As a pastor I desperately want the people in my church to read the Bible. Not just when they come to big church or Bible study, but during the week on their own. I want the Lord’s people in my local church to read the Bible regularly and consistently. I also desire them to study, memorize and meditate on the Word. To that end, I have seen other pastors take two approaches to motivate people toward faithful Bible reading.

Approach one emphasizes duty. A pastor can stress one’s obligation to read the Bible, focusing on the fact that believers “ought-to” read the Bible. I certainly believe literate believers who have access to the Bible in their own language “ought-to” read the Bible. However, in my experience, this approach often results in contrived guilt trips for not reading the Bible, legalism regarding the issue of Bible reading, and a general sense of burden in relation to Bible reading.

Approach two emphasizes delight. A pastor can stress one’s opportunity to read the Bible, focusing on the fact that believers “get-to” read the Bible. In my experience, this approach results in a healthier approach to the spiritual discipline of Bible reading, and a more joyful practice of reading the Word. Additionally, I think focusing on delight lines up more closely with the emphasis in Psalm 119. Repeatedly the psalmist describes his emotions about God’s Word using words like “joy” and “delight” (Psalm 119:161-163).

So, if you want to motivate people to read the Bible from a heart of joy and delight, how do you do it? Here are a few thoughts:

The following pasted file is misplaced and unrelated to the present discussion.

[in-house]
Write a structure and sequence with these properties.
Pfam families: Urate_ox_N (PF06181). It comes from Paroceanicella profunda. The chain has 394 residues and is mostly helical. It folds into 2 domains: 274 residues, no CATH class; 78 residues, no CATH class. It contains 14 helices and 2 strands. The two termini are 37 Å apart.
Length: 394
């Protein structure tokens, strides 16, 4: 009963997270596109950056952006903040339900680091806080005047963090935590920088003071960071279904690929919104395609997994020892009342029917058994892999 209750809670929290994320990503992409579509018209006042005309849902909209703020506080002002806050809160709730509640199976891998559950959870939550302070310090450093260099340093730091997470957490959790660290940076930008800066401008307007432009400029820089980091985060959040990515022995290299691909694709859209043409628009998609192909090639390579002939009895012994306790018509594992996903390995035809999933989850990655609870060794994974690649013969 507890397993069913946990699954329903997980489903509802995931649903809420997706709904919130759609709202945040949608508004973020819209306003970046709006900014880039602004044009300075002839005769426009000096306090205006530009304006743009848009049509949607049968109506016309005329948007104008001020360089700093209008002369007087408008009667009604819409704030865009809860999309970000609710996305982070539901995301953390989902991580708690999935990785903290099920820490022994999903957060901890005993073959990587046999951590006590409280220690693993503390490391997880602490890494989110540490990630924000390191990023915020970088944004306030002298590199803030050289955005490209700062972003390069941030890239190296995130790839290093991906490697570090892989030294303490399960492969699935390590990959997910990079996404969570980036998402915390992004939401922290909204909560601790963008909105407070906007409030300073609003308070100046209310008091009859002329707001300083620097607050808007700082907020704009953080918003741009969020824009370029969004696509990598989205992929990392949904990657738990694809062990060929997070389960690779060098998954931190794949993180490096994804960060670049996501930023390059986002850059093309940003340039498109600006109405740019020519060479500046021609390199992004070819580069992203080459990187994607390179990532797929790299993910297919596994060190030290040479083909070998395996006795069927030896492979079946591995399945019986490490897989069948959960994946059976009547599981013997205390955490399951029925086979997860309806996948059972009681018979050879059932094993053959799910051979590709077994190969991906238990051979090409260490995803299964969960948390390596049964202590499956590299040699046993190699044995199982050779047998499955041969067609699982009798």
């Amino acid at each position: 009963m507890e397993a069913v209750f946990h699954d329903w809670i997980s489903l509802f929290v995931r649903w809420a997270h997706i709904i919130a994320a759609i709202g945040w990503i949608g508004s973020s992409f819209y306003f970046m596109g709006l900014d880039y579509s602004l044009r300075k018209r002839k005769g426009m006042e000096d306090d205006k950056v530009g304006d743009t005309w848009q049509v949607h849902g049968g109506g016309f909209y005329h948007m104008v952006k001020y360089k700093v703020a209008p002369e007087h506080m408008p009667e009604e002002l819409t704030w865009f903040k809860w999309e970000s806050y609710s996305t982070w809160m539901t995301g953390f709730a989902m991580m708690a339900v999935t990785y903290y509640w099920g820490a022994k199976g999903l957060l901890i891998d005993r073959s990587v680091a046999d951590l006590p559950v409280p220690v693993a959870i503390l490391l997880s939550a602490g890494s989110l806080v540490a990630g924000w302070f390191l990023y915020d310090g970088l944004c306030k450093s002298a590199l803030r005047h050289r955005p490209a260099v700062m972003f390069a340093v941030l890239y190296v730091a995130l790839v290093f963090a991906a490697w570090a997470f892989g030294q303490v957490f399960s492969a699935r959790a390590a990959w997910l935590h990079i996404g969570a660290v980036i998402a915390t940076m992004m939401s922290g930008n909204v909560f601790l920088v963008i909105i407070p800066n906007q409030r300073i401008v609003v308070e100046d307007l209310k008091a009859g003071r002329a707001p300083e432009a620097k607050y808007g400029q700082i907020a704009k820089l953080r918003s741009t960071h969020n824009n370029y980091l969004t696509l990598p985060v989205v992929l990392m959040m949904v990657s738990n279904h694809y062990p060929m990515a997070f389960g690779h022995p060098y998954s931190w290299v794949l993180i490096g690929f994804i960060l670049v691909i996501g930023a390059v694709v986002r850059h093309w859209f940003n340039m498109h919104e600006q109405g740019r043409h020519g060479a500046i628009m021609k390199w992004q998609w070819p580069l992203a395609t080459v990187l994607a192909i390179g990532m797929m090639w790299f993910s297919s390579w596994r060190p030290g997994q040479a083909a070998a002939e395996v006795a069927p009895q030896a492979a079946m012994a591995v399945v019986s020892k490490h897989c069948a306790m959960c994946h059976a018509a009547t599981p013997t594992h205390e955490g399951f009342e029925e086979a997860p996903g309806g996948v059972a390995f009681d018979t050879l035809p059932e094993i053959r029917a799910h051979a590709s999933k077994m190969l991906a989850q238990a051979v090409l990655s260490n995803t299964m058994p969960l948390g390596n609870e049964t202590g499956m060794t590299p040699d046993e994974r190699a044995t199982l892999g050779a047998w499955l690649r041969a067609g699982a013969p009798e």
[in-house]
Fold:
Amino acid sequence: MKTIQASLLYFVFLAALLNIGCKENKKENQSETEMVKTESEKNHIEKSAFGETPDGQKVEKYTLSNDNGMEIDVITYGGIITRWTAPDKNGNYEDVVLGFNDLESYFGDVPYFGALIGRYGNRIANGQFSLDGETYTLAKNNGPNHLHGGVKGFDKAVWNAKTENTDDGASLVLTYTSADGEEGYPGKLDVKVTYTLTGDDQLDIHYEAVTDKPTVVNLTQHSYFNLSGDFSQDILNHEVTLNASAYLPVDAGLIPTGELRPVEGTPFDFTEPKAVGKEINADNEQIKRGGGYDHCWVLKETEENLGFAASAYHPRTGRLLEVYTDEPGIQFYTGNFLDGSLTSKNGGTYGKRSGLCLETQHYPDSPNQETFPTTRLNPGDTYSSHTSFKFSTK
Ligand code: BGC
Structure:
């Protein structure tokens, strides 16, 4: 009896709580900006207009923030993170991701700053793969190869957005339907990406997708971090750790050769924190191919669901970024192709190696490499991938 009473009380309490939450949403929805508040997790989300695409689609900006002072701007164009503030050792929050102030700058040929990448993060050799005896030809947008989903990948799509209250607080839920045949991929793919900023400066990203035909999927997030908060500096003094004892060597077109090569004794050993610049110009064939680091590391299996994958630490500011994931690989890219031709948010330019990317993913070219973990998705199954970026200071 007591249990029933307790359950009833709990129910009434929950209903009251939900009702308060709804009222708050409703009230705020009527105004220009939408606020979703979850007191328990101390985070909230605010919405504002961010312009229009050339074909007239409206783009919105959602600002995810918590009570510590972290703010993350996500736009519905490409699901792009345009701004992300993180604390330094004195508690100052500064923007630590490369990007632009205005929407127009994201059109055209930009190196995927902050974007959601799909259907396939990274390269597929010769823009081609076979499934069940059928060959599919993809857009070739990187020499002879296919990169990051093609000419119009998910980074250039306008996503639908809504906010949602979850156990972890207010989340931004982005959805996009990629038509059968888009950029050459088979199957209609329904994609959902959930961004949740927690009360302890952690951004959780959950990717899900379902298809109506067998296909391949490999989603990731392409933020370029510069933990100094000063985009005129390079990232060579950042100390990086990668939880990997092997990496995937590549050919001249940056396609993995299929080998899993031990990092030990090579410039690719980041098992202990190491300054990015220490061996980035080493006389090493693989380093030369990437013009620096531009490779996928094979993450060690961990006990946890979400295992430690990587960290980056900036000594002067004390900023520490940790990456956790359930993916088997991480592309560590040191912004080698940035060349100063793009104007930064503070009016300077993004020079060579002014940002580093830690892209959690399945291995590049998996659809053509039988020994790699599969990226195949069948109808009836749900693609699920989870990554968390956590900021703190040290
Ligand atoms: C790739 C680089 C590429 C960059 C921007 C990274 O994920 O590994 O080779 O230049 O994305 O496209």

• You must model delight for your people. Don’t expect God’s people to delight in God’s Word if they don’t see you delighting in God’s Word. Your preaching and teaching must be driven by a joyous delight in the Word of God.
  • You must help people see the big picture. Often our people are frustrated by the Word because they don’t understand the big picture. They just don’t know the overarching story of the Bible. Help them see that big picture, then watch them delight in God’s Word as they place each little story into the larger story of God’s grace.
  • You must help people see Christ in the Bible.  When people think of the Bible as a collection of rules or an anthology of history, a spirit of duty will prevail. But when people see how all of the Bible points to Christ and what he has done for sinners, delight will follow.
  • You must be careful when suggesting “tools.” People often ask me to suggest a Bible reading plan. I do so gladly, but I also do so carefully. I never want to present a particular system of Bible study on someone as the only right way to read the Bible. You don’t ‘have to’ read the entire Bible each year to be a faithful follower of Christ.
  • You must encourage delight without ignoring duty. The truth is this … There are times when people go through a “dark night of the soul,” and in these times God’s Word may not feel like a delight. In these moments, encourage people to listen to the Word out of duty, and as they listen, pray that God would change their heart.